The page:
On Wednesday, the Office of the National Coordinator for Health IT announced that it has decertified two electronic health record products for failing to comply with routine surveillance requests,Becker’s Health IT & CIO Review reports (Jayanthi, Becker’s Health IT & CIO Review, 9/2).
As a result, the products Platinum Health Information System’s two versions of SkyCare 4.2 cannot be used to attest to the meaningful use program.
Under the 2009 economic stimulus package, providers who demonstrate meaningful use of certified EHRs can qualify for Medicaid and Medicare incentive payments (Slabodkin, Health Data Management, 9/3).
Under the ONC Health IT Certification Program, all EHRs must be certified by an ONC-authorized testing and certification body before they can be used to attest to the meaningful use program (Walsh, Clinical Innovation & Technology, 9/2).
According to FierceEMR, Platinum Health failed to respond to and participate in surveillance requests from InfoGard Laboratories, an ONC-ATCB. Therefore, ONC said the EHR products no longer meet certification requirements.
In a statement, National Coordinator for Health IT Karen DeSalvo said, “We take our responsibility to provide appropriate oversight of certified EHR products seriously and have every expectation that users will have systems that meet the technological capabilities and requirements adopted by HHS and will take action accordingly.”
Forty-eight eligible professionals have attested to Stage 1 of the Medicare meaningful use program using SkyCare EHRs. They now will need to transition to different EHR products to continue participating in the program (Durben Hirsch, FierceEMR, 9/2).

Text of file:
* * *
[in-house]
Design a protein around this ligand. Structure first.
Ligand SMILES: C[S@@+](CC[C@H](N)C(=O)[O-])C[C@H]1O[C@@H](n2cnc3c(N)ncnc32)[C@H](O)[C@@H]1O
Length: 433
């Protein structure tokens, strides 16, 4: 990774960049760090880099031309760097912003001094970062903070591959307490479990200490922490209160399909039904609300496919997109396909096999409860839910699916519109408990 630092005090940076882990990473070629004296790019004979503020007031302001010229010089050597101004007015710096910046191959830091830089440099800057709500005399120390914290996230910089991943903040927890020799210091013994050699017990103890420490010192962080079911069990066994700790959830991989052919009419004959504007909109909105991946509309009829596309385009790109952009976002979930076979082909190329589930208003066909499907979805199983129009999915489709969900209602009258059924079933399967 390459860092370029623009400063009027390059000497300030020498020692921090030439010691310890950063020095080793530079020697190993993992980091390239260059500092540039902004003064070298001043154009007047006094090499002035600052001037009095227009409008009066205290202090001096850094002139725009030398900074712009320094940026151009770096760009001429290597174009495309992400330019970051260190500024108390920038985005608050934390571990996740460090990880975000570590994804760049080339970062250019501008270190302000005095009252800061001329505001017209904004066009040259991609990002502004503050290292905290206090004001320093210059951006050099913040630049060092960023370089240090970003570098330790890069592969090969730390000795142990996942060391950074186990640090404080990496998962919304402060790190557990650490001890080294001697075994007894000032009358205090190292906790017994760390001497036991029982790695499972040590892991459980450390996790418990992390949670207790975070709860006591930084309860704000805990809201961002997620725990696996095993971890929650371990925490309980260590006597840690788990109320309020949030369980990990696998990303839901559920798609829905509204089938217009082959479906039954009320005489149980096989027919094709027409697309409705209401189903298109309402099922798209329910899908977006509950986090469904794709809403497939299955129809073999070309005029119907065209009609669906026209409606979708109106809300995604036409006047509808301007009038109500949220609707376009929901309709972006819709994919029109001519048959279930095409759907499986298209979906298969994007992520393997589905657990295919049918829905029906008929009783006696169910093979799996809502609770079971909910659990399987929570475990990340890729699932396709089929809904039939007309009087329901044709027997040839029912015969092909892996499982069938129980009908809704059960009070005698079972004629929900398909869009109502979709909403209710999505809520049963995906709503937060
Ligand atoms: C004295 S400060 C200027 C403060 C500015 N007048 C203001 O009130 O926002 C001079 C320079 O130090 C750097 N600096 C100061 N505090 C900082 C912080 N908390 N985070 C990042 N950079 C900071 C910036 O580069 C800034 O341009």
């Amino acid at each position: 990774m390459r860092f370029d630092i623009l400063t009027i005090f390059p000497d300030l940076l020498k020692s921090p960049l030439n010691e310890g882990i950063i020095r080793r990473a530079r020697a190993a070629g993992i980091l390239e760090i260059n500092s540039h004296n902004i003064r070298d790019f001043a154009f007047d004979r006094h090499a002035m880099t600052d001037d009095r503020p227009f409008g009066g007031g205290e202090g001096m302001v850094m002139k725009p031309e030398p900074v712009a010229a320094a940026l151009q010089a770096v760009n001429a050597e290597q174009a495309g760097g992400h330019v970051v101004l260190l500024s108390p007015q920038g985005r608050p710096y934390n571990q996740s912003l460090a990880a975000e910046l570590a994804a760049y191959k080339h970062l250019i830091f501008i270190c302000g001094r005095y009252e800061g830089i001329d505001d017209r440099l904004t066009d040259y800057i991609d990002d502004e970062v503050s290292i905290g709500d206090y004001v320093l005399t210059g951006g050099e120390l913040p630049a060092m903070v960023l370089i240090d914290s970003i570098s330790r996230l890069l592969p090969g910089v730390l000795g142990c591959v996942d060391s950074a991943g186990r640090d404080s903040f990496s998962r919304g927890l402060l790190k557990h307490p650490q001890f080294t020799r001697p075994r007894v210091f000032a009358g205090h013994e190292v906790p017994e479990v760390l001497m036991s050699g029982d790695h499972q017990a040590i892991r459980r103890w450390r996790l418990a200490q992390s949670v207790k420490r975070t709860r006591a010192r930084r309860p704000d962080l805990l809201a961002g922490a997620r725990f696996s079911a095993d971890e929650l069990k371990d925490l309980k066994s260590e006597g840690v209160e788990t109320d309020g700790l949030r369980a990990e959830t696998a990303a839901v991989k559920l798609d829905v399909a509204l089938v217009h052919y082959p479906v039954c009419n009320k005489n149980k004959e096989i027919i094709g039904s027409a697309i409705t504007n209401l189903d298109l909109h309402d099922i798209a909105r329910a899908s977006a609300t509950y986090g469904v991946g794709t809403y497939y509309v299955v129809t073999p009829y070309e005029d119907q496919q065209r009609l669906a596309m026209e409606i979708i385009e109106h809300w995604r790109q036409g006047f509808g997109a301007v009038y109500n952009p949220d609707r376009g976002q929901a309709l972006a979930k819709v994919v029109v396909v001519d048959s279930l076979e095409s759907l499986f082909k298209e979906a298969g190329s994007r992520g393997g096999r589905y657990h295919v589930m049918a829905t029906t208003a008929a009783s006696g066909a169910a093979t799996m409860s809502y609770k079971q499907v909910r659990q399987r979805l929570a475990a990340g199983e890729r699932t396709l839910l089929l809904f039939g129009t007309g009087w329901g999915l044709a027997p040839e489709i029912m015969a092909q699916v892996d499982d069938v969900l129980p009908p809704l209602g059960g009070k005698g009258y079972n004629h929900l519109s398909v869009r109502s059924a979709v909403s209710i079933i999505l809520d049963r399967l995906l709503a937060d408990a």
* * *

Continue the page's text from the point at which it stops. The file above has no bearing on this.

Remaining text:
According to the announcement, those eligible professionals can apply for a hardship exemption “from the meaningful use payment adjustments under the Medicare EHR program as they transition to new certified EHR technology.”
Health IT Now Comments
In a release, Health IT Now praised ONC for “penalizing bad actors,” noting that it was “concerning that a vendor company would seek to thwart ONC oversight.”
The coalition also urged Congress to pass legislation that would bolster interoperability and “improve the tools available to ONC to punish vendors who thwart program goals and who intentionally block information.”
Specifically, Health IT Now recommended that Congress:
- Enact a hardship exemption for providers who use decertified products;
- Establish a hardship fund to assist providers who would need to spend significant resources to switch EHRs; and
- Make it easier for providers to access all data in their EHRs to help facilitate their transition to a new product.
According to Health IT Now, hardship exemptions are approved or denied based on the discretion of CMS. However, the coalition said CMS should be required to provide exemptions to all providers whose products lose their certification, noting that “providers should not be held responsible for the bad actions of vendor companies” (Health Data Management, 9/3).